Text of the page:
There was also a story of a very successful stockbroker who had made millions in the stock exchange, more money than he could ever hope to spend in his lifetime. He quit all that when he realized what was really meaningful in life and what was really important to him was missing. He walked away from it. He went home to look after a young family even to the point of making sandwiches and participating in life. He found a great deal more satisfaction from that. This mentality of we, me is at the bottom of many of the problems we have in Canada today.

The status quo has been rejected overwhelmingly. There is no question about that with 205 new members elected to Parliament. There was a very strong message from the Canadian people they were not happy with what had been happening here and they wanted change.

Change does not mean walking away or quitting. The change they are asking for is a change to the system to make it work, to make for a better and united Canada. Canada is worth fighting for. We have the greatest country in the world.

We have a great opportunity with 205 new members. We have some fresh thinking, some new ideas and new visions for a new Canada, a Canada where all citizens in all provinces will be treated equally.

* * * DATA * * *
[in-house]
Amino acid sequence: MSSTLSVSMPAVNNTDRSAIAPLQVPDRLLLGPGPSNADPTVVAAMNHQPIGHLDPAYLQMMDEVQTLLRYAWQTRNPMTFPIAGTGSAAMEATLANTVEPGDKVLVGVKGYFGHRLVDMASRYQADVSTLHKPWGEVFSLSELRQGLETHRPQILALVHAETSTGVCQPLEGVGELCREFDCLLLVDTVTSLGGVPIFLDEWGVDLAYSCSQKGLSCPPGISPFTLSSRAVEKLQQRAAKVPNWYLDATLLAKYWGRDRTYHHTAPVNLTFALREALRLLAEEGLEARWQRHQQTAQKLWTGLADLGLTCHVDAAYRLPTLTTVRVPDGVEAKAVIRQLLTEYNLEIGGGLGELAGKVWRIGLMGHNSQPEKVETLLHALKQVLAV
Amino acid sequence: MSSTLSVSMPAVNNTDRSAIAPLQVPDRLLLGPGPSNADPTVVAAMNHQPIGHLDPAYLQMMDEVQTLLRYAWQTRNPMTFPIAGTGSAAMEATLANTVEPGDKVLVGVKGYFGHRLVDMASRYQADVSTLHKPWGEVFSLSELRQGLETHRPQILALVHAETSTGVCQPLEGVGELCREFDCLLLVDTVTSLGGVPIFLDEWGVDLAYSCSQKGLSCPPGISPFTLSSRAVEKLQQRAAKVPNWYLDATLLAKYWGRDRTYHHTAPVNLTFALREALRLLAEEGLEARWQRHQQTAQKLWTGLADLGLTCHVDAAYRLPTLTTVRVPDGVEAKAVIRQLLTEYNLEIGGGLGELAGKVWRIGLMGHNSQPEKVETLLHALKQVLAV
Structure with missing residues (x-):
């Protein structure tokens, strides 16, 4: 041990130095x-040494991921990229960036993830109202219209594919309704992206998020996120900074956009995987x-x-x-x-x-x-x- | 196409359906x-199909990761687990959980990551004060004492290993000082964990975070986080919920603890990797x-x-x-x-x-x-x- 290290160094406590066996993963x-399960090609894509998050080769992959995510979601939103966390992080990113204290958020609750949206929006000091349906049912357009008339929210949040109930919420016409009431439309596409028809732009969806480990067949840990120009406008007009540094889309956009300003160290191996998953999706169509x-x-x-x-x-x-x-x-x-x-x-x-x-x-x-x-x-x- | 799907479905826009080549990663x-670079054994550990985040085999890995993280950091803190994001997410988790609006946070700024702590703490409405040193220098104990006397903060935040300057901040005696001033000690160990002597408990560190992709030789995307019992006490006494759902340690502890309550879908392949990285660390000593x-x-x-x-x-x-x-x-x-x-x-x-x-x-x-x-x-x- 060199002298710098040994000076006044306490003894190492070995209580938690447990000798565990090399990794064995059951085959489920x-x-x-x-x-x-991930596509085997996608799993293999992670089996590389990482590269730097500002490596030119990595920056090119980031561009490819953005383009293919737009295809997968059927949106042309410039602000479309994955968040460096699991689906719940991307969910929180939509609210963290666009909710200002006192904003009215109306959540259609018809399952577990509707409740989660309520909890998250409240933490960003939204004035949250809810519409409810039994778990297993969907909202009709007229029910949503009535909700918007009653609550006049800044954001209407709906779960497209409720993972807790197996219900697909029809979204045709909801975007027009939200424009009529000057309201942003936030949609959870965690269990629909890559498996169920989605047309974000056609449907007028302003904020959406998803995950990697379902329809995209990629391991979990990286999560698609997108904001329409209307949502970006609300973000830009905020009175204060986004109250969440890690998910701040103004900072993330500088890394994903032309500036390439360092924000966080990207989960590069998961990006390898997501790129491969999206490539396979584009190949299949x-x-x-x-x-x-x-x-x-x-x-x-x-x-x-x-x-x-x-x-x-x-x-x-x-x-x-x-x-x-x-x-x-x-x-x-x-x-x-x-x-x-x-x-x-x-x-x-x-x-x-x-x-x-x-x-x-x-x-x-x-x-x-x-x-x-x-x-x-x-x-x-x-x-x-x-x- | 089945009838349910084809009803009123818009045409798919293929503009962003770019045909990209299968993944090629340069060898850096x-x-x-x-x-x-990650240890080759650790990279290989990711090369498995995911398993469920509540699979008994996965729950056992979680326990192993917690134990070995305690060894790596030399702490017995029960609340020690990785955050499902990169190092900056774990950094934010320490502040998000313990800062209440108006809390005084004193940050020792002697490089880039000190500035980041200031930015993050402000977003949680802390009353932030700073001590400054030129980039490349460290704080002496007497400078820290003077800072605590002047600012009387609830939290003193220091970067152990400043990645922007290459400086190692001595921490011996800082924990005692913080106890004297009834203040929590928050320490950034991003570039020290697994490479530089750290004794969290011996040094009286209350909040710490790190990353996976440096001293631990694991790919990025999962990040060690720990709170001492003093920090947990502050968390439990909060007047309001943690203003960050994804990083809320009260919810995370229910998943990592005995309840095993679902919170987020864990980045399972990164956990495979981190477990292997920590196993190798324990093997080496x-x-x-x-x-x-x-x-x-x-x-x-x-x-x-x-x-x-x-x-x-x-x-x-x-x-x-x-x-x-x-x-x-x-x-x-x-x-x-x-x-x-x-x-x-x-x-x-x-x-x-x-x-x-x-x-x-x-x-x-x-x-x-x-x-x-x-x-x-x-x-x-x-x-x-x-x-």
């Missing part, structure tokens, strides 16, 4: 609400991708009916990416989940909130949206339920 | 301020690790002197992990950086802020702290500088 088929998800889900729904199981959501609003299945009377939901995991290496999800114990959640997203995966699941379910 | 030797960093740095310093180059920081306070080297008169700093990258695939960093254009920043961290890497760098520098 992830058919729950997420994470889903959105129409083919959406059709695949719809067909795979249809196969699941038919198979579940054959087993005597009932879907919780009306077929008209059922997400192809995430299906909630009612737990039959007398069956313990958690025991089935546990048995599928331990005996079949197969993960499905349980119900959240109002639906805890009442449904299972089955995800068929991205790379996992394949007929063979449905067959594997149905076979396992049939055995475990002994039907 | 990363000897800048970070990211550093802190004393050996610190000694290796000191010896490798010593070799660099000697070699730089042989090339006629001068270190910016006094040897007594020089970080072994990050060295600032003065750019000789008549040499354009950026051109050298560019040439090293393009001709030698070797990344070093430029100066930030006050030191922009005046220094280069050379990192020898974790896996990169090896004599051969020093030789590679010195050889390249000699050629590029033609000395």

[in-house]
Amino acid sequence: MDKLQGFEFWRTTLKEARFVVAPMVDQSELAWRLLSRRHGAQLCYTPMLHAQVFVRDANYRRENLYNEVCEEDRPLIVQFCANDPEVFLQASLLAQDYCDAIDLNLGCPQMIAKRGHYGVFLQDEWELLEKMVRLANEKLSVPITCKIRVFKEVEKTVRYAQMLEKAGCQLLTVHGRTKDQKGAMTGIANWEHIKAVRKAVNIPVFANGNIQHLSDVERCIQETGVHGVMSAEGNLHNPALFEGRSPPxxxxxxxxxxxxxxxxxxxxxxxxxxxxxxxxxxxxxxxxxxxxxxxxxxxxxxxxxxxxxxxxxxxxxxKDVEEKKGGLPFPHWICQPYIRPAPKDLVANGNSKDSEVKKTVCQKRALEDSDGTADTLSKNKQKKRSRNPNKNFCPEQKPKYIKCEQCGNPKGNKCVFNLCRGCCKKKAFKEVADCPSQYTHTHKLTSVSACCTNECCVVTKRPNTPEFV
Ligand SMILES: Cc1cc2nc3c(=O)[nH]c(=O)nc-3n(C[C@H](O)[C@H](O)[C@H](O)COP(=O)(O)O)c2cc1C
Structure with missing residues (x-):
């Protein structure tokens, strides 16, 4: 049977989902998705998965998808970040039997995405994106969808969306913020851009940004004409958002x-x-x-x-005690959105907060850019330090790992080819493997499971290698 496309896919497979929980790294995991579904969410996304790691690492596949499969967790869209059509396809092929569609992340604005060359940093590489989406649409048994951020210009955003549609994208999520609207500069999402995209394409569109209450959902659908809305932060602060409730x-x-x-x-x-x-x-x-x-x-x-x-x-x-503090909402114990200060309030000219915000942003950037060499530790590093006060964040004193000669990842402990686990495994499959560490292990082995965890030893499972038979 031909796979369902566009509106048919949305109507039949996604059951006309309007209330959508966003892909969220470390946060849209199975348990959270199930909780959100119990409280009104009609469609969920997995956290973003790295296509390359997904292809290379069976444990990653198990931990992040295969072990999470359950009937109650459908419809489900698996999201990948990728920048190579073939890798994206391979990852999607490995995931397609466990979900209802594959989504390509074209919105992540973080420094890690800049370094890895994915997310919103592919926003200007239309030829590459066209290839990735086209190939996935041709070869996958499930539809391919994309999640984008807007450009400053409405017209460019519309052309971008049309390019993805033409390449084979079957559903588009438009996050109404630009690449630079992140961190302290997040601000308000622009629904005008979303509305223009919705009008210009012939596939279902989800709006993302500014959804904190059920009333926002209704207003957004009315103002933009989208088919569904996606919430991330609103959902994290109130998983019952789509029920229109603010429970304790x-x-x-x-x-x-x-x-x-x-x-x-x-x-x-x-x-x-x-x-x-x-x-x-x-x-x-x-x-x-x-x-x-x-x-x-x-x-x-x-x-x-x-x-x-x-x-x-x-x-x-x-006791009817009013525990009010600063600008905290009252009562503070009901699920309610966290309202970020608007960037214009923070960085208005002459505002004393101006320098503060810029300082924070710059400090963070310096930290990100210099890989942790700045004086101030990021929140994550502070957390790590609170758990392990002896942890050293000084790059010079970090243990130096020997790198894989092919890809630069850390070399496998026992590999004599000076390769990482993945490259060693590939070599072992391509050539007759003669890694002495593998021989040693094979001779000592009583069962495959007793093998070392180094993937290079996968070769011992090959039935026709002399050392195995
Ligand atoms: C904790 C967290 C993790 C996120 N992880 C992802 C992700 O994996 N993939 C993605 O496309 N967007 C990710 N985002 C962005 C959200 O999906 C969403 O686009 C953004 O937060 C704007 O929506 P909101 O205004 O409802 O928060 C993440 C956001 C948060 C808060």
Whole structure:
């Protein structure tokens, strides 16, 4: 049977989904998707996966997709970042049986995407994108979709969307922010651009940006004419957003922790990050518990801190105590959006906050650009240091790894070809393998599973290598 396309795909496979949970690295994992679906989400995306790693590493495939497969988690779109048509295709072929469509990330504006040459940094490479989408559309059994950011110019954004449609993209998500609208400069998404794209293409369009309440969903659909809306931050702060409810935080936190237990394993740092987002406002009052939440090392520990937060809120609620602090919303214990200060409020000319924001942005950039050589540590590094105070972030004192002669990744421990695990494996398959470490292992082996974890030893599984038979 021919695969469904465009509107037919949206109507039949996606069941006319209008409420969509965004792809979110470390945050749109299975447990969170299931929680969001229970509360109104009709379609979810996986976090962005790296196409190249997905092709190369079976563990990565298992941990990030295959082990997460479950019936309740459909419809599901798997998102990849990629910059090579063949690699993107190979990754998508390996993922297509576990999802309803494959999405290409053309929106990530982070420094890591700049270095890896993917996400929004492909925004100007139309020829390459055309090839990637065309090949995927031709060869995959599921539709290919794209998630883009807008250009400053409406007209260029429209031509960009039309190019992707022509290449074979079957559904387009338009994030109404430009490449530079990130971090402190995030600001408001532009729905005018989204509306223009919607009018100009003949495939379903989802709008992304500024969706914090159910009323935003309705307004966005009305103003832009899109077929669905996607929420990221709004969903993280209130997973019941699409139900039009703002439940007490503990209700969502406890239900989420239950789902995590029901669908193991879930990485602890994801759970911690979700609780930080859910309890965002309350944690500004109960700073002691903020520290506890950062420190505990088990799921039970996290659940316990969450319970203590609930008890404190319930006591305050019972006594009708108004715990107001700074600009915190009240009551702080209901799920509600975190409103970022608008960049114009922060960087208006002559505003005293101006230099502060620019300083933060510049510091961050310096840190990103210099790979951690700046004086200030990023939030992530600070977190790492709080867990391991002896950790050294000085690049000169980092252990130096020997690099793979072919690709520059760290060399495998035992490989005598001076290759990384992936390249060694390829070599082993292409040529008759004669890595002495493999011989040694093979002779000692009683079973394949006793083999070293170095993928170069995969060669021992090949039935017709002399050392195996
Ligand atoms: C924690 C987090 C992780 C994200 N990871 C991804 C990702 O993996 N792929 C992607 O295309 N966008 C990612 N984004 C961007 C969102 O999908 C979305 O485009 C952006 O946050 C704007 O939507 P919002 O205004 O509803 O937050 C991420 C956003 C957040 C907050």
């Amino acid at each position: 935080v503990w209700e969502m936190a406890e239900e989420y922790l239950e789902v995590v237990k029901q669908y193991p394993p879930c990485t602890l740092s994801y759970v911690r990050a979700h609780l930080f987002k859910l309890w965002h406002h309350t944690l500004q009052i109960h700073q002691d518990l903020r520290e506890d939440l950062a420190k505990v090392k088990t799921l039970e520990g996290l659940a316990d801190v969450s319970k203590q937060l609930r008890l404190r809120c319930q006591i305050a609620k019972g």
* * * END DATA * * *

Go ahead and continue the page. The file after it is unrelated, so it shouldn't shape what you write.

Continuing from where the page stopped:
I am sure the people in the province of Quebec are no different from the people in every province across this great country. They are looking for a government that will live within its means. They are looking for a government that will do what it has to do in their lives and in their businesses.

There is no way any family or any business can continue to go deeper and deeper in debt year after year and survive. The people in Quebec are looking for politicians with integrity who will say what they mean and mean what they say. The tragedy of broken promises has created a level of cynicism which has to be overcome all across Canada.